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A free utility for NTFS writing on Mac OS X 10.6.5?

I'm a MacOS newbie so apologies if this is a dumb question.

I currently have an iMac running Snow Leopard and a Windows 2008 box with its primary HDD set as NTFS. I'm a little confused as to why I can read from AND write to this NTFS drive from my iMac (both machines are on the same domain), however, if I connect an NTFS external HDD, I can only read from it and not write to it. I just wondered what the difference is between these two scenarios?

I will soon need to be able to attach external USB HDD drive to my iMac and write files (larger than 4gb) to it, and then attach that USB HDD to any one of my Windows 2008/Windows 7 machines, again for reading and writing. Can anyone also advise as to what the best approach for this might be?


marked as duplicate by Daniel Beck, studiohack May 7 '11 at 3:01

This question has been asked before and already has an answer. If those answers do not fully address your question, please ask a new question.

migrated from serverfault.com May 6 '11 at 19:06

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  • No need to apologize for being new to the OS. Only for being too lazy for the search function. You're not the first one with this particular problem, the question I suggested above is just one of quite a few similar possibilities. See the Related section to the right... – Daniel Beck May 6 '11 at 19:19

Mac OS X cannot write to NTFS file system, but can read from it.

You can write to it if it is mounted and shared from the Windows machine, and you are connecting via smb - the Windows machine is doing the writing in this case.

If you need to connect the drive directly to the mac for writing, you'll have to have the drive formatted in FAT. The current version of Snow Leopard will support FAT64 - so that would be the best bet.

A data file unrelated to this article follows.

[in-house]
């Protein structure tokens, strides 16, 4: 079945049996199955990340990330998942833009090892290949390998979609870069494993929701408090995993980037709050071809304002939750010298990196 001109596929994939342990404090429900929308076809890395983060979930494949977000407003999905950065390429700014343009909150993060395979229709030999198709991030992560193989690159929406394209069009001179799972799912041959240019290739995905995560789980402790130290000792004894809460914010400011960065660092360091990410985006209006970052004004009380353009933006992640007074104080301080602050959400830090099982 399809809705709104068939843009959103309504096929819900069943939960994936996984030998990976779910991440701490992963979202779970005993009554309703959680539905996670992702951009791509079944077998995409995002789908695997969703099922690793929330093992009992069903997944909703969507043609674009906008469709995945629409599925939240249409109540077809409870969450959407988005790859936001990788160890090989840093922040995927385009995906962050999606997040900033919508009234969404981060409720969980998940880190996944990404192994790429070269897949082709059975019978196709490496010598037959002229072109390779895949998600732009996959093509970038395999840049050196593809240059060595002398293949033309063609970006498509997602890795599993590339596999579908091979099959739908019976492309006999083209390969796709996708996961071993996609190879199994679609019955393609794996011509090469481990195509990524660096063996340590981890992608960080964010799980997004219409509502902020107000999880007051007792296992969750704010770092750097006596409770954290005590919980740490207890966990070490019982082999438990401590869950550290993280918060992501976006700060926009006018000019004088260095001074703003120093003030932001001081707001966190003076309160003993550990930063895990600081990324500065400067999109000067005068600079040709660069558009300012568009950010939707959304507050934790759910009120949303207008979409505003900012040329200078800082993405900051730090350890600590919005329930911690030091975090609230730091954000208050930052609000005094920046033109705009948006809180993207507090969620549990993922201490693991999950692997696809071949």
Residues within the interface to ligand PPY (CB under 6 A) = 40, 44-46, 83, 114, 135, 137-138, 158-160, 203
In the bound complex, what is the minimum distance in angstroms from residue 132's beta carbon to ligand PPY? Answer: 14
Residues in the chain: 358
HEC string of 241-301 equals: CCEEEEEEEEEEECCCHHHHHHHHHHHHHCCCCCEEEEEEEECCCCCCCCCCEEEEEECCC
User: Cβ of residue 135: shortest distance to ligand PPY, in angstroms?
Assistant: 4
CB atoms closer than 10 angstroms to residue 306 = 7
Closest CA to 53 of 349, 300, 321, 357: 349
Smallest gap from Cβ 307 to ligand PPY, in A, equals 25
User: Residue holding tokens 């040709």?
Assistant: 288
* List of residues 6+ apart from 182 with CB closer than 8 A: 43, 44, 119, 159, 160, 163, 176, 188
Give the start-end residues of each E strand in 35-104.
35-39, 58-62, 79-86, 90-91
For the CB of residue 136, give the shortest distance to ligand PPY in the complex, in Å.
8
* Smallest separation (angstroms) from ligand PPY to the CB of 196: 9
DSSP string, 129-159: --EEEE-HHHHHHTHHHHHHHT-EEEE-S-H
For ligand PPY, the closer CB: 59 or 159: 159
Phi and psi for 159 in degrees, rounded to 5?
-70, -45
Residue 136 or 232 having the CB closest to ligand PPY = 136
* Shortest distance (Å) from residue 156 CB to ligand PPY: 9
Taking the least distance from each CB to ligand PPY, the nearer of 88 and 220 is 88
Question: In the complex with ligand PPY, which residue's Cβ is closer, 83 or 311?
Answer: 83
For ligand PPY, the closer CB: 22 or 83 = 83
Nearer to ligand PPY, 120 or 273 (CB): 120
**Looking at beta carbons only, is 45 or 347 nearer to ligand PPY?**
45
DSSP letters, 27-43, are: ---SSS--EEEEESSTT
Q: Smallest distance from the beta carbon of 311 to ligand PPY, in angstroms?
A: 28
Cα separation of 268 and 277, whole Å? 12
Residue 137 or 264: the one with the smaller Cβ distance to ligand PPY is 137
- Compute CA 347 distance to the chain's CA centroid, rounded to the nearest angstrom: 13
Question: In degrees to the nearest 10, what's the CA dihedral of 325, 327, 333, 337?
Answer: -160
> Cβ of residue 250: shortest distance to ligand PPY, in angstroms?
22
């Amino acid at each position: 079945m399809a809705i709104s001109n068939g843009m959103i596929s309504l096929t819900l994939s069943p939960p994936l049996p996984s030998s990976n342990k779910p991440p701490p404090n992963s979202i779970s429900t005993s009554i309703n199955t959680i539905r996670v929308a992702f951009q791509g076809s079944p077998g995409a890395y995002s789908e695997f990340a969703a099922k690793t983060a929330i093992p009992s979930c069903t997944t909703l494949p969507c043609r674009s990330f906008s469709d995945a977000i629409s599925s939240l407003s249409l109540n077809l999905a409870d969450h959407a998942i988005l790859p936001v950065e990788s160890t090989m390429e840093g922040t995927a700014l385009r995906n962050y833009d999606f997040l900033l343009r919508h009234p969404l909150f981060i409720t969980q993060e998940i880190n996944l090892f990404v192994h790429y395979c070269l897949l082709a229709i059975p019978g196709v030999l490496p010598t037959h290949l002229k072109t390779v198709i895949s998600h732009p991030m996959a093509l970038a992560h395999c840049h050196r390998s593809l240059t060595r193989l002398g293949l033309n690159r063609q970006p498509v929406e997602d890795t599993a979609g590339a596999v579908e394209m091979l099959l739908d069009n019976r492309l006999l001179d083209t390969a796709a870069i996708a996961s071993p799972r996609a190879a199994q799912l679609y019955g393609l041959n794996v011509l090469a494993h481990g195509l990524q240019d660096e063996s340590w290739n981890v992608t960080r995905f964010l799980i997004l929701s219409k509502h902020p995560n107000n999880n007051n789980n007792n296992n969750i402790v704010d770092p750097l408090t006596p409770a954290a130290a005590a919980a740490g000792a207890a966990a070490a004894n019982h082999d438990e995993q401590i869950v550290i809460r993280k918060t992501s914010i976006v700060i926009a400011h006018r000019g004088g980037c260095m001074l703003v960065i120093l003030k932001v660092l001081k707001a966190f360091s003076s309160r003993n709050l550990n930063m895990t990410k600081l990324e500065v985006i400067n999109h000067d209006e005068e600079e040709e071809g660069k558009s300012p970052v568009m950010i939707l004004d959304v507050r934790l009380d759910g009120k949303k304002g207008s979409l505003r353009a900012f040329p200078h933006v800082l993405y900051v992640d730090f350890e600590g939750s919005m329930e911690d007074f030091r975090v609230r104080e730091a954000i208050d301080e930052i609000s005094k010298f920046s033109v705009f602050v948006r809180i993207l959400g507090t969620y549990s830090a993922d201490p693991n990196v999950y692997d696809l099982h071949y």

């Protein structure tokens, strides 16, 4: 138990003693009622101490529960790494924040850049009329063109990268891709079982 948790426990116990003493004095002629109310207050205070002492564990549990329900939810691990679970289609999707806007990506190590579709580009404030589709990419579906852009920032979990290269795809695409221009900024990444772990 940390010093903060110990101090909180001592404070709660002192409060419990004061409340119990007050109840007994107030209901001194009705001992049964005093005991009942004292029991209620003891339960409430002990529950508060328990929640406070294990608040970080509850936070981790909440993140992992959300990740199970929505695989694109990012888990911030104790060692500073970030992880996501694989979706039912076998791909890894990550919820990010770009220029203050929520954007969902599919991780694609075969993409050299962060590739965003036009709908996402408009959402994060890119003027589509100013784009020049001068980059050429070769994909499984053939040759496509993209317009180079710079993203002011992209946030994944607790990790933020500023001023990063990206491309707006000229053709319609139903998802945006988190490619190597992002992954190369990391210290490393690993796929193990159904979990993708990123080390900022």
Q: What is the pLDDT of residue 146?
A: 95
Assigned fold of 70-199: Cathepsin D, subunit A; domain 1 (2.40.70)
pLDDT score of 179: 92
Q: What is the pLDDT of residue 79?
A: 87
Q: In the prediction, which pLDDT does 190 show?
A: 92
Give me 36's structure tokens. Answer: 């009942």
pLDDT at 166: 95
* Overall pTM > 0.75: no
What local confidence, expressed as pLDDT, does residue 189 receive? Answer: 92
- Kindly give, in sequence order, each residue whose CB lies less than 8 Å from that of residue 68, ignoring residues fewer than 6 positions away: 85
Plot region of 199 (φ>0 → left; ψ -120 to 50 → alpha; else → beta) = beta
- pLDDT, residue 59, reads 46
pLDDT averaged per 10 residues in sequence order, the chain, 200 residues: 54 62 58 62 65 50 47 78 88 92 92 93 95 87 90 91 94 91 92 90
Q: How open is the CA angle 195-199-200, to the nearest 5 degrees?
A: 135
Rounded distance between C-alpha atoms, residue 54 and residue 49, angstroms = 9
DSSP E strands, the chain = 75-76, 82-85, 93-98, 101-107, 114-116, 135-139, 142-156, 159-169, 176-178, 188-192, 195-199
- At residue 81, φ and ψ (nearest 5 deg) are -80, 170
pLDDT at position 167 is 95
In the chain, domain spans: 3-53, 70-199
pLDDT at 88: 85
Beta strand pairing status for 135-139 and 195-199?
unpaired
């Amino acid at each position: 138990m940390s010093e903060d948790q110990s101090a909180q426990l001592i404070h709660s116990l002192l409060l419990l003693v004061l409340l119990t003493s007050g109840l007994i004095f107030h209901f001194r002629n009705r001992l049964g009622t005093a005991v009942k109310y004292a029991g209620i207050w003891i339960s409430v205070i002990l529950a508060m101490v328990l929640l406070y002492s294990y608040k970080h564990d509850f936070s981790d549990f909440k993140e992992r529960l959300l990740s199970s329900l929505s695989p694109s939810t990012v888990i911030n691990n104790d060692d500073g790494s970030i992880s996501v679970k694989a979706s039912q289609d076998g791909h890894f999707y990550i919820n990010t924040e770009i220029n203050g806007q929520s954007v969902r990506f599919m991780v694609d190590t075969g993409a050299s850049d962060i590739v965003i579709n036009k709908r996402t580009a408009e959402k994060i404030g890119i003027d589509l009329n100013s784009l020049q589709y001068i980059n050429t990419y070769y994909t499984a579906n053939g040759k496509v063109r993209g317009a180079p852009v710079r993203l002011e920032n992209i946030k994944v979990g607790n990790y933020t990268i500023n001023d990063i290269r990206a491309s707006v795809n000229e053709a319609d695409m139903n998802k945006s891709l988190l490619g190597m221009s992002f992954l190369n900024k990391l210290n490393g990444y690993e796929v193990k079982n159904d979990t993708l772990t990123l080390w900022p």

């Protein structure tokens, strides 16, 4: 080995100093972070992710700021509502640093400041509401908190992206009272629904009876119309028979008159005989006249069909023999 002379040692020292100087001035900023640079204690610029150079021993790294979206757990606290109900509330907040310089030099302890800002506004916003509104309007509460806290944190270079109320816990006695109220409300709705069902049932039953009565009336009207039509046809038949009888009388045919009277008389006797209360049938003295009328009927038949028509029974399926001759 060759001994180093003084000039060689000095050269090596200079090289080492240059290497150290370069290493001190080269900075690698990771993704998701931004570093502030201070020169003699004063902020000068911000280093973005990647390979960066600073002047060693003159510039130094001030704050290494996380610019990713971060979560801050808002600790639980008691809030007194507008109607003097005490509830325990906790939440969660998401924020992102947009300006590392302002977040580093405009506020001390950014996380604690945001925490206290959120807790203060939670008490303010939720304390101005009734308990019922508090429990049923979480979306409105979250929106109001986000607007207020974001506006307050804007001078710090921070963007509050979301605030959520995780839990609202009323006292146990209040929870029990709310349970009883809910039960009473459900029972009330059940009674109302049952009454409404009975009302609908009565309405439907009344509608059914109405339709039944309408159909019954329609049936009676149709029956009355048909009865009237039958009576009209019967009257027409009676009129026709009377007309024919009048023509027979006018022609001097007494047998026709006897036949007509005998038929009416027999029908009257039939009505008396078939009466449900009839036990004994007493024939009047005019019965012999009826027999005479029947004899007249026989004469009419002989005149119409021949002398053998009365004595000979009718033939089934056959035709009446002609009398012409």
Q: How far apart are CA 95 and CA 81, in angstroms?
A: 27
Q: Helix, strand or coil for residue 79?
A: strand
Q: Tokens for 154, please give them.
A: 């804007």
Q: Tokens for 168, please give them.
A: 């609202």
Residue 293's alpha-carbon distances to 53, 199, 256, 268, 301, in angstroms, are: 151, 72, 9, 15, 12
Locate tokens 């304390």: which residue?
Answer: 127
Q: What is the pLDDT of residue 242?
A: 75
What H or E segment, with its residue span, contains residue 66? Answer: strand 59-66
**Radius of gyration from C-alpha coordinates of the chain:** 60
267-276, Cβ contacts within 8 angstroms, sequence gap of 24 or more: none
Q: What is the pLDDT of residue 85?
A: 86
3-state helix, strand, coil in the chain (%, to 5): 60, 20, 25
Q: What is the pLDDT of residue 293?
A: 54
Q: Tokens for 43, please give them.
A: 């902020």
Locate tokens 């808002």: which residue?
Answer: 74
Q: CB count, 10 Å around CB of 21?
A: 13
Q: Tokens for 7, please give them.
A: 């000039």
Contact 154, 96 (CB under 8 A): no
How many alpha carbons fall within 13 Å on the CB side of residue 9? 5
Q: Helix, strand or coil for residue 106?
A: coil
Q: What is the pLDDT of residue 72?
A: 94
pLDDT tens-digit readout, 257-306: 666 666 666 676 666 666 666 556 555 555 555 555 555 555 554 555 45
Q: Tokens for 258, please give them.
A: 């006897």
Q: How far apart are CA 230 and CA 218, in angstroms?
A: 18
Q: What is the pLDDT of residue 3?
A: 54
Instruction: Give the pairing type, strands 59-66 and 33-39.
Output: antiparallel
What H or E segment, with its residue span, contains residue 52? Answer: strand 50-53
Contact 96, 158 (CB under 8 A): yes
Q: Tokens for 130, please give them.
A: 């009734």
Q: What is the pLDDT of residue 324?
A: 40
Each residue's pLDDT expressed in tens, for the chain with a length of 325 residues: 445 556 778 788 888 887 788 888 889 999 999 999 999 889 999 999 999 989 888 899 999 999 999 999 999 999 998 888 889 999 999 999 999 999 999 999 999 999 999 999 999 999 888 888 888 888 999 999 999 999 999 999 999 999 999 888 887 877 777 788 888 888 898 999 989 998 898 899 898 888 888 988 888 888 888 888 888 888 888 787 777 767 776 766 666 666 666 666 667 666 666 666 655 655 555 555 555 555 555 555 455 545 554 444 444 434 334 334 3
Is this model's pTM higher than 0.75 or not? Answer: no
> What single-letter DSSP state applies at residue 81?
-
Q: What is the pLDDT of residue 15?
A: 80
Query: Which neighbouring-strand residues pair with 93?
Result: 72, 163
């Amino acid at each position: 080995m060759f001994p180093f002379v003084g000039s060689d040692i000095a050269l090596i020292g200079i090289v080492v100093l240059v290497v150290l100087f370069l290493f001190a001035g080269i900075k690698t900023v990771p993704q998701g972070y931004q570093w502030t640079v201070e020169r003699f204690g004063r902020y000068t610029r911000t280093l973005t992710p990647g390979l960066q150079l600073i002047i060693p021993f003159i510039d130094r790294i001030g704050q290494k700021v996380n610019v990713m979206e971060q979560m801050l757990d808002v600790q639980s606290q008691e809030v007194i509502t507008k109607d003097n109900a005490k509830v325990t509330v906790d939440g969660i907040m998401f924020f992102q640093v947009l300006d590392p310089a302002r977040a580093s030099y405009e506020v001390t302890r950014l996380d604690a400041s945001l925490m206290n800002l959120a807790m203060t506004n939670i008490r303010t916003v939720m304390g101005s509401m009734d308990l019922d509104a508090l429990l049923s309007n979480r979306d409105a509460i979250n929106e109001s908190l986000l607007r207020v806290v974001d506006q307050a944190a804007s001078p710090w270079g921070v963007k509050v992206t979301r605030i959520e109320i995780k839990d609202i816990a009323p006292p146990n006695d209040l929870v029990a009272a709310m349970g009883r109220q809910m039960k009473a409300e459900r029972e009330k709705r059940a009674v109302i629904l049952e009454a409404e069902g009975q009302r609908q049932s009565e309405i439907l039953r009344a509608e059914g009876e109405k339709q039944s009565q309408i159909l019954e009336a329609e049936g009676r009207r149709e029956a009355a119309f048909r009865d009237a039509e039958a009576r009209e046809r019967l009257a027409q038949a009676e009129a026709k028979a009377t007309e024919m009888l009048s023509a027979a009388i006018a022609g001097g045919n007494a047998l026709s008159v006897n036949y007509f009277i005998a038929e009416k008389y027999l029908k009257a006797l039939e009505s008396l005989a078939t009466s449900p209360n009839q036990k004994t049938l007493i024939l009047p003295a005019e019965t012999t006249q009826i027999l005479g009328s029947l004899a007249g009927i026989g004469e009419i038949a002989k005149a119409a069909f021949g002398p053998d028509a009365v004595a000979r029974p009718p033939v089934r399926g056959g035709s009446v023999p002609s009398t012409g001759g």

If you can't reformat the drive, then there are some third-party tools to allow the Mac to write to ntfs - google for MacFuse.


The reason this works when talking to the Windows server is because the conversation is happening at a higher level than the disk. The Mac is talking to Windows over a CIFS connection, and it is Windows itself that performs the translation from what's on the disk to what gets served to the Mac. When the Mac is talking with the NTFS partition directly, it's doing so at the block level and is a completely different protocol.

In short, by using CIFS to talk to another server to get at data, what data partition was formatted with matters very little.

Mac OS X has very good CIFS support. Its NTFS support is read-only, though. By accessing the NTFS volume by way of a Windows device, you're in essence proxying the access through a device that does speak NTFS and that's why it works.

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